Bangladesh's women ahead of others | The Daily Star
12:00 AM, March 15, 2008 / LAST MODIFIED: 12:00 AM, March 15, 2008


Bangladesh's women ahead of others

Good news, yet a long way to go

THE good news about Bangladesh's women is that in terms of status and gender equality they are quite ahead of women in such South Asian nations as India (except for Kerala) and Pakistan. The bad news is that when it comes to a question of access to reproductive health services, employment and decision-making, they yet have a pretty long way to go. Perhaps these are truths we have known for quite a while. What a report of the World Bank has now done is inform us officially of the conditions in which Bangladesh's women find themselves today. Implicitly, the report is also a broad hint of what must be done further to have the other half of our society take full and absolute part in any and all development related activities in the country.
On the whole, there is surely a sense of satisfaction we feel about the contents of the report. The efforts made in the last two decades or so concerning women's progress have by and large had an impact, a reality we can spot through the increasing numbers of women striking out into areas where they have been able to assert themselves. And we are not merely speaking of such areas as the ready-made garments sector. There is a bigger canvas here, one that includes women joining the civil service, the police force, the armed forces and even business. Thanks to the activities of various women's organisations, Bengali women have made themselves increasingly and properly vocal about not only their rights but also about the need for an end to all forms of discrimination against them in what still remains a male dominated society. But such an optimistic picture should not be reason for complacence on anyone's part. There is yet a lot to be done before ours can become a society where women's rights will be taken for granted.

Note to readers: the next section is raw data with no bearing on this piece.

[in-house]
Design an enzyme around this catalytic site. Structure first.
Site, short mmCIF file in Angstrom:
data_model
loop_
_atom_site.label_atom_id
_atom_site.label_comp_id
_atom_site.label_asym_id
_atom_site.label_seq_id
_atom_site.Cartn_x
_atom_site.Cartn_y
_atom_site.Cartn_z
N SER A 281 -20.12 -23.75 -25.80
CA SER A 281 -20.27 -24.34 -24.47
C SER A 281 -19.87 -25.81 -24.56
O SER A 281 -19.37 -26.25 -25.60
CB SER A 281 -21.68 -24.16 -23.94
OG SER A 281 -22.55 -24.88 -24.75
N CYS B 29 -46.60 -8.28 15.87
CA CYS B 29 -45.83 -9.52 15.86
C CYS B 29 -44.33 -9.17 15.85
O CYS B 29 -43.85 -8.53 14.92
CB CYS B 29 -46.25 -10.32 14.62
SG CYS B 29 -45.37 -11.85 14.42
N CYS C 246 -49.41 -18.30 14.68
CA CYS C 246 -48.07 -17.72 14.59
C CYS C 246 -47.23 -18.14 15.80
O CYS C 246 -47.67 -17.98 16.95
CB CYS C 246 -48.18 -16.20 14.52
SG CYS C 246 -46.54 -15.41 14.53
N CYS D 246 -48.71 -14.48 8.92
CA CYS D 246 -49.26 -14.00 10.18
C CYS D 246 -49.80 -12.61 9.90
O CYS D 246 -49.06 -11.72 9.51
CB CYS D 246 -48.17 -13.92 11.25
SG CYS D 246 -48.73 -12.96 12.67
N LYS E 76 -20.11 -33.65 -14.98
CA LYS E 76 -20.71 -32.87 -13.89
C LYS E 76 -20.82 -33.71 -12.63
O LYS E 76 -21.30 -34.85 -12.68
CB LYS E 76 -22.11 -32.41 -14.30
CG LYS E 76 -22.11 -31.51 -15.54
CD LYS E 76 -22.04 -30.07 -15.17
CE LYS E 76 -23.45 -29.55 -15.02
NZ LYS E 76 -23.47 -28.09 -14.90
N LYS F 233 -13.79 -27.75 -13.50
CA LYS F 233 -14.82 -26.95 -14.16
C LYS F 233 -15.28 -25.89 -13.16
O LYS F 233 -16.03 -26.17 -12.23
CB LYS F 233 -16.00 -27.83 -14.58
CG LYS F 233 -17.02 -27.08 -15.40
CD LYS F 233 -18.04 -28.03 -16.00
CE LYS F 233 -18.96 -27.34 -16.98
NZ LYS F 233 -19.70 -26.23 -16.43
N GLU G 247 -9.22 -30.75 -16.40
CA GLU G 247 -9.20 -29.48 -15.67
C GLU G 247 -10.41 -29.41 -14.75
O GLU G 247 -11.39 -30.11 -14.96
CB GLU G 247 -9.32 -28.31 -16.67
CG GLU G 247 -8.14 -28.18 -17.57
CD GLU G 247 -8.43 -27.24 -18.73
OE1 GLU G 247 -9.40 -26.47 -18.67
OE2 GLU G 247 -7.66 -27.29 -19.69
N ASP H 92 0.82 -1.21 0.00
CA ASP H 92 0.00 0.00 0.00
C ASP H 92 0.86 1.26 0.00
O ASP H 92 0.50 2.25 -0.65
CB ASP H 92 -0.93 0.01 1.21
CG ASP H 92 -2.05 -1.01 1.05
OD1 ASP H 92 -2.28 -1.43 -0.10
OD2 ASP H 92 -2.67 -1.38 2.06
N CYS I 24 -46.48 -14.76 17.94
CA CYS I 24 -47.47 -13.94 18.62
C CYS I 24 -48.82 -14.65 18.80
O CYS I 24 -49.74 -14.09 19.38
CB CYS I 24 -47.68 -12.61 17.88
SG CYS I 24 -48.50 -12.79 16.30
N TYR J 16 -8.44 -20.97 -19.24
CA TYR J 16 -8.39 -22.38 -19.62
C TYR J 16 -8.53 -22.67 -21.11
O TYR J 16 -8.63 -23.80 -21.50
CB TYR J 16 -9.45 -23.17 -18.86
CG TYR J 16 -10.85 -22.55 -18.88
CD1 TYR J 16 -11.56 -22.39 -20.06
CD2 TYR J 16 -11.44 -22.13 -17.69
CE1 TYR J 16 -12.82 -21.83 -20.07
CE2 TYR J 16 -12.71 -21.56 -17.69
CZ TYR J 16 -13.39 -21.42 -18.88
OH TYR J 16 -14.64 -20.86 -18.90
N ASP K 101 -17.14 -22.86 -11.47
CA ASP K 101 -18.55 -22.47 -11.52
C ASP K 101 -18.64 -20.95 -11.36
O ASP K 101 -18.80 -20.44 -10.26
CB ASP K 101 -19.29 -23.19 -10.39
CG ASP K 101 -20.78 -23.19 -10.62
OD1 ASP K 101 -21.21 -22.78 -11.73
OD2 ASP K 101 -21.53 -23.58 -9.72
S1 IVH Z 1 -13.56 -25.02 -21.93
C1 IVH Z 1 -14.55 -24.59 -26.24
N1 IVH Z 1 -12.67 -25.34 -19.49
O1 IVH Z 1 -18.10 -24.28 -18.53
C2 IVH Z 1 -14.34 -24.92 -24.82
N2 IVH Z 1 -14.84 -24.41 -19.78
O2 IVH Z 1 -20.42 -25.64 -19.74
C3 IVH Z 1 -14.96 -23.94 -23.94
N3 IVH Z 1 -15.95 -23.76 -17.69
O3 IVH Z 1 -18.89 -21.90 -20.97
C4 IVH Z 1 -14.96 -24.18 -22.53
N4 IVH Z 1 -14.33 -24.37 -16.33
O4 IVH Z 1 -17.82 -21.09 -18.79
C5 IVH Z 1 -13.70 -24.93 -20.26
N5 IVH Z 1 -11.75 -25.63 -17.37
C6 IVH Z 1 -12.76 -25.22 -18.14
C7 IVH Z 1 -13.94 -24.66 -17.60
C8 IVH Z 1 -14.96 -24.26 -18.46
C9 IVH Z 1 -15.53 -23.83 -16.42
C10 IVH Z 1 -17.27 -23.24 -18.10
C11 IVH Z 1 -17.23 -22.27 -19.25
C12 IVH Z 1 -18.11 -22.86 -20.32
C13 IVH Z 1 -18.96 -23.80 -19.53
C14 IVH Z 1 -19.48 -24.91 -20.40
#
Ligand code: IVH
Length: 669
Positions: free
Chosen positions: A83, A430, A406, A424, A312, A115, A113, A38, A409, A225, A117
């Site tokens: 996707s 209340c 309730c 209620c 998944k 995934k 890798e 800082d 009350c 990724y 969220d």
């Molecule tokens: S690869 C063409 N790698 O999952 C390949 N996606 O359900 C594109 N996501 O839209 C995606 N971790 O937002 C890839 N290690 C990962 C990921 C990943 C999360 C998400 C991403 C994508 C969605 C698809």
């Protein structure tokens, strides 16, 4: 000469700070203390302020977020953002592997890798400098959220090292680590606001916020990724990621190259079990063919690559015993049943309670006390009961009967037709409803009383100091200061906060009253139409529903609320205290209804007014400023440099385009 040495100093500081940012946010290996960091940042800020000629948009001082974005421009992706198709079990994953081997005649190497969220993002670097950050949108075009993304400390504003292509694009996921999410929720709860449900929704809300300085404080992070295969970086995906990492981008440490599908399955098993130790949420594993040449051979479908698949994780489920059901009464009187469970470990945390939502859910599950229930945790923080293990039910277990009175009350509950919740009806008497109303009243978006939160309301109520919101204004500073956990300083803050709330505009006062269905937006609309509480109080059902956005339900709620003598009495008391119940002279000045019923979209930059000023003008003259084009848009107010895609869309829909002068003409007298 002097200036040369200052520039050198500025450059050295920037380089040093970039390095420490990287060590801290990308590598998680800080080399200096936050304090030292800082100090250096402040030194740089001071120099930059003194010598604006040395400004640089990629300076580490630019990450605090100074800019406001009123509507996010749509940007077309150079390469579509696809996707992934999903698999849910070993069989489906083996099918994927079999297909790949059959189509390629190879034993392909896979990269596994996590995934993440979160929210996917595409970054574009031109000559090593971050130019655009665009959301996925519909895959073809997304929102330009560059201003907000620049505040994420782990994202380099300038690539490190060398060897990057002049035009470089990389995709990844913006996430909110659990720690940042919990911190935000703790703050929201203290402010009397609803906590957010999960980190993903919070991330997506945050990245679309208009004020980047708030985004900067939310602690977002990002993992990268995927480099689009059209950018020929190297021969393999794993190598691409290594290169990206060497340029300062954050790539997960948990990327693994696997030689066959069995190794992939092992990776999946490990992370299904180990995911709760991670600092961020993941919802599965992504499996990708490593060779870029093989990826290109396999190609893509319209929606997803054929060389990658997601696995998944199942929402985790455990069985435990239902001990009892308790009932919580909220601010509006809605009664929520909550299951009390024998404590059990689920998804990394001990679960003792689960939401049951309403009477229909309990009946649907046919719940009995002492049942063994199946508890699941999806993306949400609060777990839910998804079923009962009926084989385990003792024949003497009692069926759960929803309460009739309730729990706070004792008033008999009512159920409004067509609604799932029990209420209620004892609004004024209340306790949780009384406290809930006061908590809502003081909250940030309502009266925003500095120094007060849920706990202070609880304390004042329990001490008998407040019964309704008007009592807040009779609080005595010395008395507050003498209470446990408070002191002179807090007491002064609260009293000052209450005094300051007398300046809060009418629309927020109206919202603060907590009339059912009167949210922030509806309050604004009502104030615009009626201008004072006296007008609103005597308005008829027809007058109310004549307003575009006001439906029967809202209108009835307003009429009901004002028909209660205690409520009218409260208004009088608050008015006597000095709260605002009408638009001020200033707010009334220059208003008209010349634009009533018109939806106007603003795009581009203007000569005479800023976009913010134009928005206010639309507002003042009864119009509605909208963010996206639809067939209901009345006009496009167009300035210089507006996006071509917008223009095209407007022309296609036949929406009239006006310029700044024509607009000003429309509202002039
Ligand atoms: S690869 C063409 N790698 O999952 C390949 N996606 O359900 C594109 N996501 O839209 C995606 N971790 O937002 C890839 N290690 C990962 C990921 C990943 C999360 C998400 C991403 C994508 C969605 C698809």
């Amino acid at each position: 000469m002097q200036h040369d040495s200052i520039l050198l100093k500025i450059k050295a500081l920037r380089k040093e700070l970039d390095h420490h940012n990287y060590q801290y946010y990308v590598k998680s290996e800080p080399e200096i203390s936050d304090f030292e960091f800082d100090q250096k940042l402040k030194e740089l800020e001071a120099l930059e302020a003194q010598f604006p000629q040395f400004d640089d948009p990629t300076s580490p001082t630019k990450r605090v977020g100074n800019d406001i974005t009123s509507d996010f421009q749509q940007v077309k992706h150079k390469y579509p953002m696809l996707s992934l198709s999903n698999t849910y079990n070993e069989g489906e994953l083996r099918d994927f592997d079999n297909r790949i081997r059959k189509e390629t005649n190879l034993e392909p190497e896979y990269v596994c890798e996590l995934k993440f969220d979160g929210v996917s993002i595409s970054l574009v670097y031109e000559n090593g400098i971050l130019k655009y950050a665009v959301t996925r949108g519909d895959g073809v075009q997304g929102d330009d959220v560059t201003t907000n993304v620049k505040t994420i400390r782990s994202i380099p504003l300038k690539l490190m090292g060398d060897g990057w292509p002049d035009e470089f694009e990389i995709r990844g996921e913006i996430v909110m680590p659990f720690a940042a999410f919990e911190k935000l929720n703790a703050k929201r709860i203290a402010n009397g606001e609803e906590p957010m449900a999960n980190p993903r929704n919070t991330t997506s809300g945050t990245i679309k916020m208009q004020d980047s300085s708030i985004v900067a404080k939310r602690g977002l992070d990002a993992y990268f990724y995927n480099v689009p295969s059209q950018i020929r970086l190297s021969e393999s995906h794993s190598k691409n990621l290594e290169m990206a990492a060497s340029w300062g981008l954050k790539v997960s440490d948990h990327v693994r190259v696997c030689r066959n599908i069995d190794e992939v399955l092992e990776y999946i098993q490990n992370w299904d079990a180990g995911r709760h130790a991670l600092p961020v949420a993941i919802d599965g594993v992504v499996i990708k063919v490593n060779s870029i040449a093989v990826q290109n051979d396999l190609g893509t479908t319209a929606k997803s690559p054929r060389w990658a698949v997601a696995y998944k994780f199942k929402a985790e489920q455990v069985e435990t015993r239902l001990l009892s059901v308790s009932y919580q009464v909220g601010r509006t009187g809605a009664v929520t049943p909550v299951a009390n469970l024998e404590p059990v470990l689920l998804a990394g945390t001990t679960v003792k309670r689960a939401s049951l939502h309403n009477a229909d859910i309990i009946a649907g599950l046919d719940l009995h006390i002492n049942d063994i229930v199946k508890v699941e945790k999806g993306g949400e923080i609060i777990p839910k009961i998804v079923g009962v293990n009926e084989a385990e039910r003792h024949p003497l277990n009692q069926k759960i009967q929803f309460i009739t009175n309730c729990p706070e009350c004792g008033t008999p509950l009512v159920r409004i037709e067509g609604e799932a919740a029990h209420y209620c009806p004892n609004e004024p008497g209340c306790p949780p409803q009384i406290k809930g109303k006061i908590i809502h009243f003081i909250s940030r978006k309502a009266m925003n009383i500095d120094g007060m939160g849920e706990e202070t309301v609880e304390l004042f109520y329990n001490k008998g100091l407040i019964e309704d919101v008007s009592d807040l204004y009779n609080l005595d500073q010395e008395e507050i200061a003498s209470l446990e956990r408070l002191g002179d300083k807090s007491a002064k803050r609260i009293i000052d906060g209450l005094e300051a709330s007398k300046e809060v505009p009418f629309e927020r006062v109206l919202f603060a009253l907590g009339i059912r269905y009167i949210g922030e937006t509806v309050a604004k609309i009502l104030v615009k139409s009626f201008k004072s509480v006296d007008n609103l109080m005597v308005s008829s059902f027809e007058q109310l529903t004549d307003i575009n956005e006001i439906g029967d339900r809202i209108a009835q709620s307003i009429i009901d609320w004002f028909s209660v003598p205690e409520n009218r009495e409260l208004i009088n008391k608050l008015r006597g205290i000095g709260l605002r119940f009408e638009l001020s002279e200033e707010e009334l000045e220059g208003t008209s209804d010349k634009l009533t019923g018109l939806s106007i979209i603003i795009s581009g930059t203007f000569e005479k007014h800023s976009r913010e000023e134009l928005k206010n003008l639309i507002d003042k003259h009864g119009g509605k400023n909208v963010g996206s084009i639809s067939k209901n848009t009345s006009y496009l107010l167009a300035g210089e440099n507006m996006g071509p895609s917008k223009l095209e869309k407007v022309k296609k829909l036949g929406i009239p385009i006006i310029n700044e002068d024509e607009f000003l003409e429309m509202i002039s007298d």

It will be through ensuring their full and proper access to health care, especially in the rural regions, that the idea of women's progress can be advanced further. In the job market, women still do not come by the support and encouragement they need. Of course they have made progress in the civil service and other fields, but percentage-wise, despite their academic background, they are still way behind men. It is not unusual for women not to be made part of the decision-making progress, be it in government, business and even journalism. And yet there are signs of hope, as in the recommendations regarding the laws of inheritance relating to women recently focused on by the government. These proposals contain much that is appreciable and logical, which is why any misinterpretation of them will be unfortunate. In the coming days, therefore, the emphasis ought to be on a faster entry by women into the mainstream.

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